jor-General H. G. Wright succeeded him in command.
Early on the morning of the 12th a general attack was made on the enemy in position.
The Second Corps, Major-General Hancock commanding, carried a salient of his line, capturing most of [Edward] Johnson's division of Ewell's corps and twenty pieces of artillery.
But the resistannemy had reenforced Petersburg with a single brigade from any source.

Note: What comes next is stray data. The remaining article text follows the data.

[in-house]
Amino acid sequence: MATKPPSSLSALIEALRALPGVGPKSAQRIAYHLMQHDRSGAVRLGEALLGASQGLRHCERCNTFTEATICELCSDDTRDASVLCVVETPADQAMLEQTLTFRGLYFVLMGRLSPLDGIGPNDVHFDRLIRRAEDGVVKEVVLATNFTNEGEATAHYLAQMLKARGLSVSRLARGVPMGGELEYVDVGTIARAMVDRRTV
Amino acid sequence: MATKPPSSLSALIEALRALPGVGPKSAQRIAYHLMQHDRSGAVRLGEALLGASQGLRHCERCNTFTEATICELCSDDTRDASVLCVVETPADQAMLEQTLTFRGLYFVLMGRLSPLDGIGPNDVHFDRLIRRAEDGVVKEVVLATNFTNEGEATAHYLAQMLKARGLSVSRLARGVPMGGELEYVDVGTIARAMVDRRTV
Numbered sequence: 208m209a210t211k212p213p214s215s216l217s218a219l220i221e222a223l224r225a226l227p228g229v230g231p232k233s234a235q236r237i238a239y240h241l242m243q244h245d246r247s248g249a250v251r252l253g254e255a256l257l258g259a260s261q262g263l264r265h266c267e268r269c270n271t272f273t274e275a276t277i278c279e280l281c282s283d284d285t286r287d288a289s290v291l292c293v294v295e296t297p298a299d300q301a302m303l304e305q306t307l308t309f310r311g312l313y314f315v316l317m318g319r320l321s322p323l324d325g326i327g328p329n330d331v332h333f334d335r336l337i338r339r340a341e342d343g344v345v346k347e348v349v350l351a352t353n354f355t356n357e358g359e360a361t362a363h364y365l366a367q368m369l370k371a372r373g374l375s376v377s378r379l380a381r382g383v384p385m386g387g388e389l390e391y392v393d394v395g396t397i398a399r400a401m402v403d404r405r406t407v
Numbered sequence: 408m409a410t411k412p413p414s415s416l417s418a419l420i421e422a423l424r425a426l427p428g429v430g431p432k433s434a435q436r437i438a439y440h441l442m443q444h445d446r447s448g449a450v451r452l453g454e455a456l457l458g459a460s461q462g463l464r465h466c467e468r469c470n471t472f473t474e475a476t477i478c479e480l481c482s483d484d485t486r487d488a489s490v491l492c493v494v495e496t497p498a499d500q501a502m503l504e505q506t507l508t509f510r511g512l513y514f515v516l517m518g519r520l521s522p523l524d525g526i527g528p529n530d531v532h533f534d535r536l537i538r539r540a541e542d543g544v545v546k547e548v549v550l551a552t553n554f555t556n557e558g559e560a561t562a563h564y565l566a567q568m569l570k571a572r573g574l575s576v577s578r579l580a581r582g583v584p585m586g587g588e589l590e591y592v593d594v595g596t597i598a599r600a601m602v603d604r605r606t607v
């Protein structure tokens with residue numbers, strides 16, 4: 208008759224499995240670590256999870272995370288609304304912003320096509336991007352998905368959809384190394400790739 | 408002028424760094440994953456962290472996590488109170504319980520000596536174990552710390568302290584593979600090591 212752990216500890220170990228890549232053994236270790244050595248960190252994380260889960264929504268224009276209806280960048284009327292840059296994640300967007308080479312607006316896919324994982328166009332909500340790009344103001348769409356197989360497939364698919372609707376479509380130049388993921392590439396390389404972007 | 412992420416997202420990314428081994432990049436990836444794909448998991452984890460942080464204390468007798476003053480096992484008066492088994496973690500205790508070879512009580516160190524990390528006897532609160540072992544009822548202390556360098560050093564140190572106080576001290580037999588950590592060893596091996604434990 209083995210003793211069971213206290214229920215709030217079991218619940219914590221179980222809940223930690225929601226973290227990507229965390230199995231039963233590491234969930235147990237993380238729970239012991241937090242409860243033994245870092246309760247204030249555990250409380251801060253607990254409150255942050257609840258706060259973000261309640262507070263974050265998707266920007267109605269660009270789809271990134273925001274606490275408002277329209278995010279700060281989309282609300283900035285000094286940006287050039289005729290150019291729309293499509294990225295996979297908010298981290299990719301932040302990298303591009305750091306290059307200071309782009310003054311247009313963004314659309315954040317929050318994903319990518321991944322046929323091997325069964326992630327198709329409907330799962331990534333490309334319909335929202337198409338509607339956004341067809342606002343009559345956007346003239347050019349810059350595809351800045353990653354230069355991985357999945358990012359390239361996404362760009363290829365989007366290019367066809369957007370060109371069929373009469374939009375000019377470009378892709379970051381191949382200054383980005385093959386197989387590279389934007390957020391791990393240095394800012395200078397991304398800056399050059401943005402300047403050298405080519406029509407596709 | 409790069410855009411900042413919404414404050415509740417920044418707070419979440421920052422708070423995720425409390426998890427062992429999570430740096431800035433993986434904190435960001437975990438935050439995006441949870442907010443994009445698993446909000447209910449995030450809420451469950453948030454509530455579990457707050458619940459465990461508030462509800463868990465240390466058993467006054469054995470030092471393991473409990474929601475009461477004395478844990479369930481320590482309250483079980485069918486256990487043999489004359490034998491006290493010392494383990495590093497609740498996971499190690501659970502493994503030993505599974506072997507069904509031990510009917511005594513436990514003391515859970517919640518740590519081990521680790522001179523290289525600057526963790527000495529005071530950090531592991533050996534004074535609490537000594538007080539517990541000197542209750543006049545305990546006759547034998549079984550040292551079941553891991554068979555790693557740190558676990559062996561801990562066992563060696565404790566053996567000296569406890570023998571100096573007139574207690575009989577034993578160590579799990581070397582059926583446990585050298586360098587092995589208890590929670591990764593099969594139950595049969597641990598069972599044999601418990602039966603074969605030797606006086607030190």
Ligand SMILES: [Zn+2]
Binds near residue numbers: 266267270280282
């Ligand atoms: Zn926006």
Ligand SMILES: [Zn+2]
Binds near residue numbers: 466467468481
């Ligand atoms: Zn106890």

The night was clear — the moon shining brightly — and favorable to further operations.
General Hancock, with two divisions of the Second Corps, reached General Smith just after dark, and offered the service of these troops as he (Smith) might wish, waiving rankposed knew best the position of affairs, and what to do with the troops.
But instead of taking these troops and pushing at once into Petersburg, he requested General Hancock to relieve a part of his line in the captured works, which was done before midnight.
By the time I arrived the next morning the enemy was in force.